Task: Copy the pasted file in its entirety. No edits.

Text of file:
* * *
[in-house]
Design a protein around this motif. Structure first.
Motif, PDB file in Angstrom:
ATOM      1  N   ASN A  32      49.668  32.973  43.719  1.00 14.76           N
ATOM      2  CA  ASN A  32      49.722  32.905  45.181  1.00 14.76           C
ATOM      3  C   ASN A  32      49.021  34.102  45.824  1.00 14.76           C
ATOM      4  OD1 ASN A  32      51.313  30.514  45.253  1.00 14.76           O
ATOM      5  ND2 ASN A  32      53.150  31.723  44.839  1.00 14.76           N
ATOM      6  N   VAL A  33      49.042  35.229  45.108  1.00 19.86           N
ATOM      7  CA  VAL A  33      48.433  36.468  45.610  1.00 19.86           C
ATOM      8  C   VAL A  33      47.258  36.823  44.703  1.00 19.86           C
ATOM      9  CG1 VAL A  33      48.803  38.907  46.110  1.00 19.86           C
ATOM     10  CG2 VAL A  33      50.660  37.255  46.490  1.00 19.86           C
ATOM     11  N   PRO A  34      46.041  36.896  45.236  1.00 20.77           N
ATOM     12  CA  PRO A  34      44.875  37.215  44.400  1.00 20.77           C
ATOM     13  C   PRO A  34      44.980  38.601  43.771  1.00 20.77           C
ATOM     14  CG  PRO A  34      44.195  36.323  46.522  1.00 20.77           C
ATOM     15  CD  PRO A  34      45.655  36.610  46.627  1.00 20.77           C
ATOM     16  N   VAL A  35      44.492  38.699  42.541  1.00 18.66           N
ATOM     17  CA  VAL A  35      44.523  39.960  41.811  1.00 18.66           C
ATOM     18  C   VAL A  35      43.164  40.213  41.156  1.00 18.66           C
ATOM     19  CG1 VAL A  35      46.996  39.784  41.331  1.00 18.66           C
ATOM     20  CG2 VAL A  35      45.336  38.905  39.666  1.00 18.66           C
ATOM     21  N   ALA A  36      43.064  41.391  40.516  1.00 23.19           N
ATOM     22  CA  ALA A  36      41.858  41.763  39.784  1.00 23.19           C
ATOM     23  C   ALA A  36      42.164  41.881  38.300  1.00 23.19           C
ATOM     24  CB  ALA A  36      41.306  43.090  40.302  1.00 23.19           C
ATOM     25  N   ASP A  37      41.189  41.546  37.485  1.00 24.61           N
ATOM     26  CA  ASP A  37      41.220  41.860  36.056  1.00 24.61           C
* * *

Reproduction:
[in-house]
Design a protein around this motif. Structure first.
Motif, PDB file in Angstrom:
ATOM      1  N   ASN A  32      49.668  32.973  43.719  1.00 14.76           N
ATOM      2  CA  ASN A  32      49.722  32.905  45.181  1.00 14.76           C
ATOM      3  C   ASN A  32      49.021  34.102  45.824  1.00 14.76           C
ATOM      4  OD1 ASN A  32      51.313  30.514  45.253  1.00 14.76           O
ATOM      5  ND2 ASN A  32      53.150  31.723  44.839  1.00 14.76           N
ATOM      6  N   VAL A  33      49.042  35.229  45.108  1.00 19.86           N
ATOM      7  CA  VAL A  33      48.433  36.468  45.610  1.00 19.86           C
ATOM      8  C   VAL A  33      47.258  36.823  44.703  1.00 19.86           C
ATOM      9  CG1 VAL A  33      48.803  38.907  46.110  1.00 19.86           C
ATOM     10  CG2 VAL A  33      50.660  37.255  46.490  1.00 19.86           C
ATOM     11  N   PRO A  34      46.041  36.896  45.236  1.00 20.77           N
ATOM     12  CA  PRO A  34      44.875  37.215  44.400  1.00 20.77           C
ATOM     13  C   PRO A  34      44.980  38.601  43.771  1.00 20.77           C
ATOM     14  CG  PRO A  34      44.195  36.323  46.522  1.00 20.77           C
ATOM     15  CD  PRO A  34      45.655  36.610  46.627  1.00 20.77           C
ATOM     16  N   VAL A  35      44.492  38.699  42.541  1.00 18.66           N
ATOM     17  CA  VAL A  35      44.523  39.960  41.811  1.00 18.66           C
ATOM     18  C   VAL A  35      43.164  40.213  41.156  1.00 18.66           C
ATOM     19  CG1 VAL A  35      46.996  39.784  41.331  1.00 18.66           C
ATOM     20  CG2 VAL A  35      45.336  38.905  39.666  1.00 18.66           C
ATOM     21  N   ALA A  36      43.064  41.391  40.516  1.00 23.19           N
ATOM     22  CA  ALA A  36      41.858  41.763  39.784  1.00 23.19           C
ATOM     23  C   ALA A  36      42.164  41.881  38.300  1.00 23.19           C
ATOM     24  CB  ALA A  36      41.306  43.090  40.302  1.00 23.19           C
ATOM     25  N   ASP A  37      41.189  41.546  37.485  1.00 24.61           N
ATOM     26  CA  ASP A  37      41.220  41.860  36.056  1.00 24.61           C